Apple Watch Banned?: How Apple Keeps Its Smartwatch Edge without Infringing Masimo’s Patents
Apple Watch is one of the most popular and innovative smartwatches in the world, with features such as fitness tracking, health monitoring, and communication. However, Apple Watch also faces a legal challenge from Masimo, a medical device company that specializes in pulse oximetry, a technology that measures the oxygen level in the blood.
Masimo claims that Apple infringed on its patents and trade secrets when it developed the blood oxygen sensor for the Apple Watch Series 6 and later models. Masimo also accuses Apple of poaching its employees and customers, and of using its market power to stifle competition.
Masimo filed a lawsuit against Apple in January 2020, seeking damages and an injunction to stop Apple from selling the Apple Watch.
In October 2021, the US International Trade Commission (ITC) ruled in favor of Masimo, and issued an import ban on the Apple Watch Series 6 and later models, effective from December 26, 2021.
The ITC found that Apple violated two of Masimo’s patents, and that the ban would not harm the public interest or the competitive conditions in the US. The ban would prevent Apple from importing the Apple Watch from China, where it is manufactured, to the US, where it is sold.
The trigger and the reaction of the issue
The issue was triggered by the looming deadline of the import ban, which threatened to disrupt Apple’s sales and supply of the Apple Watch, especially during the holiday season. Apple appealed the ITC’s decision to the US Court of Appeals for the Federal Circuit, and asked for a stay of the ban pending the appeal. Apple argued that the ban would cause irreparable harm to its business and customers, and that it had a strong likelihood of success on the merits of the case.
However, the court denied Apple’s request for a stay on December 27, 2021, and upheld the import ban. The court said that Apple failed to show that it would suffer irreparable harm, and that Masimo had a valid claim of patent infringement. The court also said that the public interest favored the enforcement of patent rights, and that the ban would not affect the availability of other smartwatches or medical devices in the market.
Apple then proposed a redesign of the Apple Watch to avoid the import ban, by removing the blood oxygen sensor function from the device. Apple submitted its redesign proposal to the US Customs and Border Protection (CBP), which is responsible for enforcing the import ban. Apple claimed that its redesigned Apple Watch would not infringe on Masimo’s patents, and that it would comply with the ITC’s order.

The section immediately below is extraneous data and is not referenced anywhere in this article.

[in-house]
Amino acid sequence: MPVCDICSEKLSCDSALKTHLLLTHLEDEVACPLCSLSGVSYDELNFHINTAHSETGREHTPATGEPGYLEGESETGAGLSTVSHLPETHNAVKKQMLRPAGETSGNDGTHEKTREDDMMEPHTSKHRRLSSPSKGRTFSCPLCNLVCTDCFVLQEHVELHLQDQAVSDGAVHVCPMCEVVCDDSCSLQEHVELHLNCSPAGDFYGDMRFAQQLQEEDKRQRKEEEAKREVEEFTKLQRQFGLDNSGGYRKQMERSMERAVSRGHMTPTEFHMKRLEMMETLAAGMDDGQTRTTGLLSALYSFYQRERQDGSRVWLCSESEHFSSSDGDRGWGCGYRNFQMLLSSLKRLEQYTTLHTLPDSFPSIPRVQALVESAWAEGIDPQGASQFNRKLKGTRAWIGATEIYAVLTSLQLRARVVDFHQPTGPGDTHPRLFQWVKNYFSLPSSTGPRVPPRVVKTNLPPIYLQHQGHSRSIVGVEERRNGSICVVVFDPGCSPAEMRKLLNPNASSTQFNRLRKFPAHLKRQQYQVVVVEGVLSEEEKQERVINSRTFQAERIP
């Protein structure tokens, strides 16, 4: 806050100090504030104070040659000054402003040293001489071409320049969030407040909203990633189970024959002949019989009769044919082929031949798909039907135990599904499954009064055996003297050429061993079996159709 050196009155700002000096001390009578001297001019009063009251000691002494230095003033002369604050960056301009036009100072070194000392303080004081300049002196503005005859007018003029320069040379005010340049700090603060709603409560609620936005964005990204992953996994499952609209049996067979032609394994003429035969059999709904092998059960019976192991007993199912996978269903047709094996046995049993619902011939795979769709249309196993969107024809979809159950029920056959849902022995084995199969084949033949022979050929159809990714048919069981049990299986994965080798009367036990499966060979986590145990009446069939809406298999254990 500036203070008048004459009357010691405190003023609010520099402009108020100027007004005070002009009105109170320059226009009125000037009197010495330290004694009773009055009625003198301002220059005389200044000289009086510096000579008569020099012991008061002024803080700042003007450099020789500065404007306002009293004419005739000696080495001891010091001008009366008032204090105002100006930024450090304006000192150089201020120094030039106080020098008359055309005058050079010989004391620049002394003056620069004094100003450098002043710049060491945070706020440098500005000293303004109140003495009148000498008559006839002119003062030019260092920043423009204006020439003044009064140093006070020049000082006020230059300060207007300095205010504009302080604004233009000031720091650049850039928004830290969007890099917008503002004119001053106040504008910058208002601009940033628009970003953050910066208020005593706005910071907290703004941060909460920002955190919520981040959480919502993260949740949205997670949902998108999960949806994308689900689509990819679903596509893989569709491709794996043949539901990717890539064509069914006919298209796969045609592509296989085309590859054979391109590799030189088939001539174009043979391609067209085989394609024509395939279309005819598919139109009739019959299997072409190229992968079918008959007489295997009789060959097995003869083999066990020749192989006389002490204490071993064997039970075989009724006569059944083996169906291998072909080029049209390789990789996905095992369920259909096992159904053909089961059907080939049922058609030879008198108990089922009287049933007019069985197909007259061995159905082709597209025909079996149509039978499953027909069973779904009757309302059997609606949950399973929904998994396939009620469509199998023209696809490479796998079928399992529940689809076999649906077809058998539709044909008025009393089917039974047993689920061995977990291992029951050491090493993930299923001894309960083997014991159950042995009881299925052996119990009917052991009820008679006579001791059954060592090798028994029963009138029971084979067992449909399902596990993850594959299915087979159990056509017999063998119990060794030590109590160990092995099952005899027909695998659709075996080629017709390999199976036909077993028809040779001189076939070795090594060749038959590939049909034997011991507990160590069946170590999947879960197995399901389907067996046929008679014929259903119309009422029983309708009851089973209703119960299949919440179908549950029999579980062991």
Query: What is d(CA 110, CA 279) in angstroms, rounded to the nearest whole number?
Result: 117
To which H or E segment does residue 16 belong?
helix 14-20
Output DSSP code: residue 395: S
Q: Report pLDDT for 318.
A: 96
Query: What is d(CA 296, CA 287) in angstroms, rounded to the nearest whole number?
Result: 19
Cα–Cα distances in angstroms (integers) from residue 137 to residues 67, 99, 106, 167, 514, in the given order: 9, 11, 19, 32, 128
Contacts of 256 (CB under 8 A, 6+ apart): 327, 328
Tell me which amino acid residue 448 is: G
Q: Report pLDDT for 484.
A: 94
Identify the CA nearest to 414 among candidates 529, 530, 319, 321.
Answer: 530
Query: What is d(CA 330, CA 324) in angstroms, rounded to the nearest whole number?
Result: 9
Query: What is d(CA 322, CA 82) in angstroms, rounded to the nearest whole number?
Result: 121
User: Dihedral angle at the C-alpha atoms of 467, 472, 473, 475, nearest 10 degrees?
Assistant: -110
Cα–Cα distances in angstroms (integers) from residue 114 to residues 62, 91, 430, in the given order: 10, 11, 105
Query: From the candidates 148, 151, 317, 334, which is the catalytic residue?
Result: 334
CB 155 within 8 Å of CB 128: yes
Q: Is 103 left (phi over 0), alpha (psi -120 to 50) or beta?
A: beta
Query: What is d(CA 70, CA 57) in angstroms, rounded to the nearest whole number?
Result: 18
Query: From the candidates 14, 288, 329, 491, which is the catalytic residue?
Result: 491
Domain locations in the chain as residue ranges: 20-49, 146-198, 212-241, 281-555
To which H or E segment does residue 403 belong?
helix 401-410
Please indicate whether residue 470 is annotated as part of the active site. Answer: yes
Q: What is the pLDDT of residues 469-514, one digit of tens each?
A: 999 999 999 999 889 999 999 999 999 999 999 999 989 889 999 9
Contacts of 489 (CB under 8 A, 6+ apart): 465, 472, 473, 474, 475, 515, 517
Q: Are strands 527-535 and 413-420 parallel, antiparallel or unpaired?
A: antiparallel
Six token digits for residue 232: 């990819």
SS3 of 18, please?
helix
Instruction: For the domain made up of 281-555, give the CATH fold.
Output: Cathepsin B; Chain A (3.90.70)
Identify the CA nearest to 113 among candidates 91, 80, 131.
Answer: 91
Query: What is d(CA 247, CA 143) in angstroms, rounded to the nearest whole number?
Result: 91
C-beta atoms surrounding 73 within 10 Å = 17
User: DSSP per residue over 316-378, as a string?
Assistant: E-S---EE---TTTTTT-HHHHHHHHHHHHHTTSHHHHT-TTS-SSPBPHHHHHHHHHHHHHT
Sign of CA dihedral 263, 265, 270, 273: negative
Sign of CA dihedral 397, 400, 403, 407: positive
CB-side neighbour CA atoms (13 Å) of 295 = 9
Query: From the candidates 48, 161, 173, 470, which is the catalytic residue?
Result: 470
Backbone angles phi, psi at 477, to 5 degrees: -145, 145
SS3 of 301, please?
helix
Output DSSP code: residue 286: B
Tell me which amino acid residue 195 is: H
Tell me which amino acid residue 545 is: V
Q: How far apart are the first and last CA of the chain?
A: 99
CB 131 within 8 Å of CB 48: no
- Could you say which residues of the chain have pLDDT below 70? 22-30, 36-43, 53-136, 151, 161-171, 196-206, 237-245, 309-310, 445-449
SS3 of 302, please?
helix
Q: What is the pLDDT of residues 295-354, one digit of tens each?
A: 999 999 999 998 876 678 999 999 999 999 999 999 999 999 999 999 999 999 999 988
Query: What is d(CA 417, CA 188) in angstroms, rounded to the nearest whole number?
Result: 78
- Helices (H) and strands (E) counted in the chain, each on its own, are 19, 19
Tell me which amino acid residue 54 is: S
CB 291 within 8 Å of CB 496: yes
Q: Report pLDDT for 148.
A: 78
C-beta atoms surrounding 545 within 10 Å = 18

The implications and the prospects of the issue
The issue has implications and prospects for the future of the Apple Watch and the smartwatch industry, as well as for the patent system and the trade policy. On one hand, the issue could affect Apple’s reputation and revenue, as well as its customers’ satisfaction and loyalty.
On the other hand, the issue could also spur Apple’s innovation and creativity, as well as its legal and technical strategies.
Some of the possible outcomes and scenarios of the issue are as follows:
- Apple’s redesign proposal is approved by the CBP, and Apple resumes the import and sale of the Apple Watch without the blood oxygen sensor function. This would allow Apple to avoid the import ban and to continue to offer the Apple Watch to its customers, albeit with a reduced functionality. However, this would also mean that Apple would lose one of its key features and advantages over its competitors, and that it would face a backlash from its customers who expected and paid for the blood oxygen sensor function.
- Apple’s redesign proposal is rejected by the CBP, and Apple faces the import ban and the lawsuit from Masimo. This would force Apple to stop the import and sale of the Apple Watch until the resolution of the case, which could take months or years. This would also mean that Apple would lose a significant portion of its smartwatch market share and revenue, and that it would face a potential damage award and an injunction from Masimo. Moreover, this would also mean that Apple would have to find a new way to incorporate the blood oxygen sensor function into the Apple Watch without infringing on Masimo’s patents, or to license the technology from Masimo or another provider.
- Apple and Masimo reach a settlement and a licensing agreement, and Apple resumes the import and sale of the Apple Watch with the blood oxygen sensor function. This would enable Apple to avoid the import ban and the lawsuit, and to continue to offer the Apple Watch with the blood oxygen sensor function to its customers. However, this would also mean that Apple would have to pay a royalty fee and a lump sum to Masimo, and that it would acknowledge Masimo’s patent rights and validity. Furthermore, this would also mean that Apple would have to share the blood oxygen sensor market and technology with Masimo and other licensees.
The issue of the Apple Watch ban is a complex and contentious issue that requires careful and prudent handling and management, as well as constant and constructive dialogue and consultation, among all the parties involved. The issue of the Apple Watch ban is not only a matter of technology, but also a matter of law, business, and policy.
The issue of the Apple Watch ban is not only a bilateral issue, but also a global issue that affects the interests and the values of many countries and actors. The issue of the Apple Watch ban, therefore, is a challenge and an opportunity for Apple, Masimo, and the world.